Olympic athletes pay for glory in blood, sweat, and tears, but those Americans fortunate enough to return home with a medal will be forced to pay Uncle Sam, too.
Under provisions within the IRS code of 1986, Olympic athletes are required to pay taxes on the prize money that accompanies their medals. For those competing in the 2012 London games those prize sums (called honorariums) range from $10,000 for a bronze to $25,000 for a gold and will be accompanied by tax bills between $3,500 and $9,000 per medal.
Seeking to remedy a fee that he called “a classic example of [tax code] madness,” Sen. Marco Rubio (R-Fla.) introduced “The Olympic Tax Elimination Act,” which would exempt prize money associated with Olympic medals from an athlete’s taxable income.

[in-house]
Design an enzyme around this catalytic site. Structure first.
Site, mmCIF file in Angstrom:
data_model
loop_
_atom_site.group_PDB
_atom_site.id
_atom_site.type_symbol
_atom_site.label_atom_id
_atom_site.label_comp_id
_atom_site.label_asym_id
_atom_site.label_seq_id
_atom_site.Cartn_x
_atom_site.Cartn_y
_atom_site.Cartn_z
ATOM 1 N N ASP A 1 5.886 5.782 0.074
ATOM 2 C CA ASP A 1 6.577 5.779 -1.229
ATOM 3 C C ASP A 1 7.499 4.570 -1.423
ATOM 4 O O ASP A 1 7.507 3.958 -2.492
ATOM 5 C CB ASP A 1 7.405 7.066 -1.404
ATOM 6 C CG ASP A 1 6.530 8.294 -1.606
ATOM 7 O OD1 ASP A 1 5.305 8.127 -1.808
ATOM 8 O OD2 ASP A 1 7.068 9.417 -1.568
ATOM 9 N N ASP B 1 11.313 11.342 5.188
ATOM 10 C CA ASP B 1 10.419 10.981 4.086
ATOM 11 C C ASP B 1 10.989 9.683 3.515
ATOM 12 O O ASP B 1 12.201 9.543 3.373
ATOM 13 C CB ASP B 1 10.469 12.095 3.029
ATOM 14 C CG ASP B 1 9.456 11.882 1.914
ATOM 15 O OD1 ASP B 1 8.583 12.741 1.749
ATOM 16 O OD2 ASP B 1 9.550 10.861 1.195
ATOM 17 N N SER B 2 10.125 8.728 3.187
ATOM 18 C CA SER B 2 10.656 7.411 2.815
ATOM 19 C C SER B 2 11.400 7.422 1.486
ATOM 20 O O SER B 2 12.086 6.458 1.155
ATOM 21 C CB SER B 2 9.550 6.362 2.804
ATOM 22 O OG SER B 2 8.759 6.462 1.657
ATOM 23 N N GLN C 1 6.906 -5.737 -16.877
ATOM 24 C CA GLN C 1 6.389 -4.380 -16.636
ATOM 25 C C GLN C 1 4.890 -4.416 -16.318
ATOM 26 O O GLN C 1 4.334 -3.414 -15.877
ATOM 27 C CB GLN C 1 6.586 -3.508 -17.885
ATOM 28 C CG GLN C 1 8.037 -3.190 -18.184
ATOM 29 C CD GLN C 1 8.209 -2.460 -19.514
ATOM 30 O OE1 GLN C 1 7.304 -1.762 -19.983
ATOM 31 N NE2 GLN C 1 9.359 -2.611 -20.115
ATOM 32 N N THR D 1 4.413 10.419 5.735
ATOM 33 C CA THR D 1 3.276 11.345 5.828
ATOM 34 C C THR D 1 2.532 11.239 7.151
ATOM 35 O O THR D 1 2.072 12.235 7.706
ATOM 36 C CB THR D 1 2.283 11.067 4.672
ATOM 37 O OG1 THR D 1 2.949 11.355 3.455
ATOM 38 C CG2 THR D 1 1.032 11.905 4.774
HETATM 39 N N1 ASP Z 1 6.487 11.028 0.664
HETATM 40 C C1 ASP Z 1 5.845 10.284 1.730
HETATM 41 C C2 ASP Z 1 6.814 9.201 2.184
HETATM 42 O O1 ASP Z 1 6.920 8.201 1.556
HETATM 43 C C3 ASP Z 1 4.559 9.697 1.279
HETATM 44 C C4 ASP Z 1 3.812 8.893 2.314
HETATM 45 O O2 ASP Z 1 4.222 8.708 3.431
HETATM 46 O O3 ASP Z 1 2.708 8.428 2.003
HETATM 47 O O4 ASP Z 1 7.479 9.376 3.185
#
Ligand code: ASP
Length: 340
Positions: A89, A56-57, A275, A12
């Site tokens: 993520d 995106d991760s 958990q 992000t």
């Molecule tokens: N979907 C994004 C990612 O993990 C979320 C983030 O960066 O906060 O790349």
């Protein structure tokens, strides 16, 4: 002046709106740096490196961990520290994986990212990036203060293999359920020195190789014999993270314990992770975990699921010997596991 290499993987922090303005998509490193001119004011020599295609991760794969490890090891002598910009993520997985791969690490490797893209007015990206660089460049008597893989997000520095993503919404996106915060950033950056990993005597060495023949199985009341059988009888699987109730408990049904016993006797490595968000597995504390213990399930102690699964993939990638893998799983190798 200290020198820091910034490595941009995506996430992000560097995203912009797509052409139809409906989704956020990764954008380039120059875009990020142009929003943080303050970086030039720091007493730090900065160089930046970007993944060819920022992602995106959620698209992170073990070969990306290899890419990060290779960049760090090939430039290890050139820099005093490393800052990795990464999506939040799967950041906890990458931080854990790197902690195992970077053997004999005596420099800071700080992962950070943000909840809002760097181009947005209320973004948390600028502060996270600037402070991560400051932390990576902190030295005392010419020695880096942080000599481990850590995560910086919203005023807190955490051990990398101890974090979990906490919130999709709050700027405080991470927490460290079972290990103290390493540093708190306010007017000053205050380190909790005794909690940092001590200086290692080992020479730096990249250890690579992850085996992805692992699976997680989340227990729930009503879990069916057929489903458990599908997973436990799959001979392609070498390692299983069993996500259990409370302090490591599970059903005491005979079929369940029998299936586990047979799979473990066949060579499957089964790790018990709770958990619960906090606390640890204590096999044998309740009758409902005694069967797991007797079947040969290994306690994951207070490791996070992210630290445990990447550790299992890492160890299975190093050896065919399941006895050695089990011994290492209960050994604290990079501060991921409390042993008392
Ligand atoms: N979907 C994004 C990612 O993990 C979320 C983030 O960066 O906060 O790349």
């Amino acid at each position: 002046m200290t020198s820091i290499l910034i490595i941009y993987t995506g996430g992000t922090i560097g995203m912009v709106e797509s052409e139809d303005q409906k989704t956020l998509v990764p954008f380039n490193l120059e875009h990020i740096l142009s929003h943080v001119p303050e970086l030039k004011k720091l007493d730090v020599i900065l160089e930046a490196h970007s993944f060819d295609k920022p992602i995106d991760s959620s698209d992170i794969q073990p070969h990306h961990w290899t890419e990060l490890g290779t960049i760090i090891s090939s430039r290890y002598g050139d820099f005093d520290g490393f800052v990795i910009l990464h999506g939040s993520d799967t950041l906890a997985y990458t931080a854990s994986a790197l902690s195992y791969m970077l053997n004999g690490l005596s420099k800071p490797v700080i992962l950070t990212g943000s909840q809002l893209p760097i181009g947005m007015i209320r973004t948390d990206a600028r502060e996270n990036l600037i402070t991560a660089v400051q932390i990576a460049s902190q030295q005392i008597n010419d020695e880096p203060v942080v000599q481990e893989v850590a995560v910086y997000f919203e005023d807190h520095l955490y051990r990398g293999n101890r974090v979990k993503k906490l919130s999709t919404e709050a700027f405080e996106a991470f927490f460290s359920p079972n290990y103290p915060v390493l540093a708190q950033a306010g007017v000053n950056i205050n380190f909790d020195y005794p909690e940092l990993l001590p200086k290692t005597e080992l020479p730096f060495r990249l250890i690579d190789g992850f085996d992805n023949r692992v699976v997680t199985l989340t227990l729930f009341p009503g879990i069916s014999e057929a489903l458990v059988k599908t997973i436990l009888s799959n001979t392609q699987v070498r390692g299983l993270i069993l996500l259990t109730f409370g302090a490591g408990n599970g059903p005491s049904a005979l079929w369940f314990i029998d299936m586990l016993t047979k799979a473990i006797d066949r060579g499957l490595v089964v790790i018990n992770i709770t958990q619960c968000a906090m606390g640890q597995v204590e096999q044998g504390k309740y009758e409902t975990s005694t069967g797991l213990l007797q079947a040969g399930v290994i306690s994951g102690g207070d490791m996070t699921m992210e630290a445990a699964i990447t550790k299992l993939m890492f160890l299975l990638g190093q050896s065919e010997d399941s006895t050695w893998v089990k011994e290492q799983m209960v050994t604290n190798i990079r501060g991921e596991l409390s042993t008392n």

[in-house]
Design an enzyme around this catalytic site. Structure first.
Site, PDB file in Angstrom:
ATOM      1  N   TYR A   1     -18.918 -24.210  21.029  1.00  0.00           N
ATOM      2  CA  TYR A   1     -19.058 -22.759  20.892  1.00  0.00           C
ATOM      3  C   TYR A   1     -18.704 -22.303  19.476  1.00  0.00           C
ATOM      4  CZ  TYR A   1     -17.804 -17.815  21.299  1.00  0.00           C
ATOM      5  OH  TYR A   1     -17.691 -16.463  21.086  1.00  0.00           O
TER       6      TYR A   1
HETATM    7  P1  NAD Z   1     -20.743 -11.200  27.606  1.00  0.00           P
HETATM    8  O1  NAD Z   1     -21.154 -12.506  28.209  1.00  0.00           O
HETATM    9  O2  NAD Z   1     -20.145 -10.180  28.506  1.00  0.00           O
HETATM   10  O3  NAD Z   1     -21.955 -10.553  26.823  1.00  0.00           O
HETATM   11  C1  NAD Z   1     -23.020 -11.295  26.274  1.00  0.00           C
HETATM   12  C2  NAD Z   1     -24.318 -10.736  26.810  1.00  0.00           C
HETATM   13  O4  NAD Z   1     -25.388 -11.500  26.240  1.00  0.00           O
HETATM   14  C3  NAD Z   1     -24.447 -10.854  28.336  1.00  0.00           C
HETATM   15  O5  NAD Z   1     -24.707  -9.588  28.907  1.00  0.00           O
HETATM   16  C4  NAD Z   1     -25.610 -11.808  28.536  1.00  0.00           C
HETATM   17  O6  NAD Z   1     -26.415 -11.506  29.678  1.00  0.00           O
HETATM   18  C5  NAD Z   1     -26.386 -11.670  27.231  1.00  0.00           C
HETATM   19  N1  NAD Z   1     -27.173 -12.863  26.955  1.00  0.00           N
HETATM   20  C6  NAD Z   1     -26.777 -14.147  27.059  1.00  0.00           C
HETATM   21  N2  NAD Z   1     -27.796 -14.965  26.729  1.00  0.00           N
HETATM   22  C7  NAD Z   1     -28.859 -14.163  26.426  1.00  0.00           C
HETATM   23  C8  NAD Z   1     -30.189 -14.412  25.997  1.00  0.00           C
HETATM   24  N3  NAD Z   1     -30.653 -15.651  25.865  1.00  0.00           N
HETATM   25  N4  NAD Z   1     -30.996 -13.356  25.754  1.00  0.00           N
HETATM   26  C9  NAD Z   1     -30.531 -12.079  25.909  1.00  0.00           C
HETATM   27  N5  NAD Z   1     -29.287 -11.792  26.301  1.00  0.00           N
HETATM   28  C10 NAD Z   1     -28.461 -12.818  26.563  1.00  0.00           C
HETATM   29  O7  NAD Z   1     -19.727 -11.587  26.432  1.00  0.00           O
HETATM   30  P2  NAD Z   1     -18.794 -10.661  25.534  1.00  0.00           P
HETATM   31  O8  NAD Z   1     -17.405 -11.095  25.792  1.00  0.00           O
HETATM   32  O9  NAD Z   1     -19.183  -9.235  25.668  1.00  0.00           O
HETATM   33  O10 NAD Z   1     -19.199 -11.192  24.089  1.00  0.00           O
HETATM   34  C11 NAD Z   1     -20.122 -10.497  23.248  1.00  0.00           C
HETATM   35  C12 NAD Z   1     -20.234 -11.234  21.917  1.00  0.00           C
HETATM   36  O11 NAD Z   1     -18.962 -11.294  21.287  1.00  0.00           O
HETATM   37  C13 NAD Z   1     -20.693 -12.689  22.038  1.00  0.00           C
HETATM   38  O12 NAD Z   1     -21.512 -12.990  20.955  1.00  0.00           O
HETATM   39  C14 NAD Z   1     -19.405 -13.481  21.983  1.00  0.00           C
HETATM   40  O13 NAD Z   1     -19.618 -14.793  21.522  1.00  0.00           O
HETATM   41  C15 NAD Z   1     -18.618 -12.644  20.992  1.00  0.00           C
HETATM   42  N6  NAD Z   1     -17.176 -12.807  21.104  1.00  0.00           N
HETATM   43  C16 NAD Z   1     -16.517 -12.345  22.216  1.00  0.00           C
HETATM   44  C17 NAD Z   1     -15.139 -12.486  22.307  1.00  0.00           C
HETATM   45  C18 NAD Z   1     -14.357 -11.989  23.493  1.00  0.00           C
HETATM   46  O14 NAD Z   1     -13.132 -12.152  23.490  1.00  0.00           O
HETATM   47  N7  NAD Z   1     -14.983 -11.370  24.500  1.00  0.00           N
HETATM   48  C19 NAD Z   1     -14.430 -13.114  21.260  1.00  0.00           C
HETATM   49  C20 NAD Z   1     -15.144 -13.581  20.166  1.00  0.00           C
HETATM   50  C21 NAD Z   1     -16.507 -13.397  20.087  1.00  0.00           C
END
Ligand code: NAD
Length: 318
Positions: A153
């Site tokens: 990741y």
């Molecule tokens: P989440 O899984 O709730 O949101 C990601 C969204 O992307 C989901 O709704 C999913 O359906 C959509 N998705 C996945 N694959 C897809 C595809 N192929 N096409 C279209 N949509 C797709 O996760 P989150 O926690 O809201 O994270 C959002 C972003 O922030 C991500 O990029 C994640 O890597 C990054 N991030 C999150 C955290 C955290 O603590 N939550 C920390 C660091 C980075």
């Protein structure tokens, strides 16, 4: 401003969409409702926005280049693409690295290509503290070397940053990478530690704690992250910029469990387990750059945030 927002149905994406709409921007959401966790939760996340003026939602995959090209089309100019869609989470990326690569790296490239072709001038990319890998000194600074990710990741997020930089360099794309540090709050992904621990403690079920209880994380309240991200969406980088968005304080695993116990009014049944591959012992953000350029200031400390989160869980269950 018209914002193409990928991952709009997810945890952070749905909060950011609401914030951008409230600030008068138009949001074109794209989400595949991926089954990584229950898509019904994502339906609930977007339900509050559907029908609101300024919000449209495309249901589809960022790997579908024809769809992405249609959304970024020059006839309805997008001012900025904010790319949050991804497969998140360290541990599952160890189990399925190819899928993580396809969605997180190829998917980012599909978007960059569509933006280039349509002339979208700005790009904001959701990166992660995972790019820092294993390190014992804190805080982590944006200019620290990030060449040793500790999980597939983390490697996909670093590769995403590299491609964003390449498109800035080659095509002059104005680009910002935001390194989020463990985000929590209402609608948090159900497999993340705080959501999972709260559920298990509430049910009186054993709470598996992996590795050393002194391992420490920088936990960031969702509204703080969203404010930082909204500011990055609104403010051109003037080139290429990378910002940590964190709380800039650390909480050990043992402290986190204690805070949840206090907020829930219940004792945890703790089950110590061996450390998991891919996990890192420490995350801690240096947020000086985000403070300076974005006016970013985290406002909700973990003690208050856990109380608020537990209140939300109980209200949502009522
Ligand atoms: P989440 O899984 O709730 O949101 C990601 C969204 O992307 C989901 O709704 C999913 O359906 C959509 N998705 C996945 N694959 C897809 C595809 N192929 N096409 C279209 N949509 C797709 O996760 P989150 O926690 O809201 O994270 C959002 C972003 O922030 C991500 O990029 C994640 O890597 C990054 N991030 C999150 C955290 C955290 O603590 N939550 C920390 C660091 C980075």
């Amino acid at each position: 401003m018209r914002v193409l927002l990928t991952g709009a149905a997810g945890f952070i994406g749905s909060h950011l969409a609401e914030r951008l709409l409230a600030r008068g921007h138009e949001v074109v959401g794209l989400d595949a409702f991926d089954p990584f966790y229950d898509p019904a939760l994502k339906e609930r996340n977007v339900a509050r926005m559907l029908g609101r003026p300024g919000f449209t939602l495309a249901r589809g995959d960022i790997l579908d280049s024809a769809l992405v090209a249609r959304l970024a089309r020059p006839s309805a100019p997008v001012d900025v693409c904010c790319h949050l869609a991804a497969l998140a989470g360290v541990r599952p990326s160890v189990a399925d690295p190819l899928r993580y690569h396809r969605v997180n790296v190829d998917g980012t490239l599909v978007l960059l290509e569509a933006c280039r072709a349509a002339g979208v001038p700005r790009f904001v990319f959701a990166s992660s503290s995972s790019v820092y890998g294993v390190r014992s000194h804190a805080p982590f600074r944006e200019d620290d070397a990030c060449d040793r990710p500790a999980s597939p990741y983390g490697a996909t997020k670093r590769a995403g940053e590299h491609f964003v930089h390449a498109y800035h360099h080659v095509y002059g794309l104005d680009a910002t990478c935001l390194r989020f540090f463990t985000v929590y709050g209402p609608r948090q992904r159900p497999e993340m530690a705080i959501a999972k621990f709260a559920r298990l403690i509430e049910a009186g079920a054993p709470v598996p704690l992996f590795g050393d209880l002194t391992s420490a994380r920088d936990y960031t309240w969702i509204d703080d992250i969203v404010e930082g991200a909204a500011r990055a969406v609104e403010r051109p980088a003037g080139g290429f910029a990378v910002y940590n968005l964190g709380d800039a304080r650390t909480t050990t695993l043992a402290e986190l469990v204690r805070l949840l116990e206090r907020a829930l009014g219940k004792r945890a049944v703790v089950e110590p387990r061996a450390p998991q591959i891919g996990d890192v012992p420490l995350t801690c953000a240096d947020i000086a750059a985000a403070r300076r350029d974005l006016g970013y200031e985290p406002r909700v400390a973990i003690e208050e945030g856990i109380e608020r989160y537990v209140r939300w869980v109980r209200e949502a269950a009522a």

“Athletes representing our nation overseas in the Olympics shouldn’t have to worry about an extra tax bill waiting for them back home,” Rubio said in a written statement.
Should the U.S. Olympic team equal it’s 2008 Beijing medal count of 110, its athletes will be on the hook for a combined $650,000 in taxes.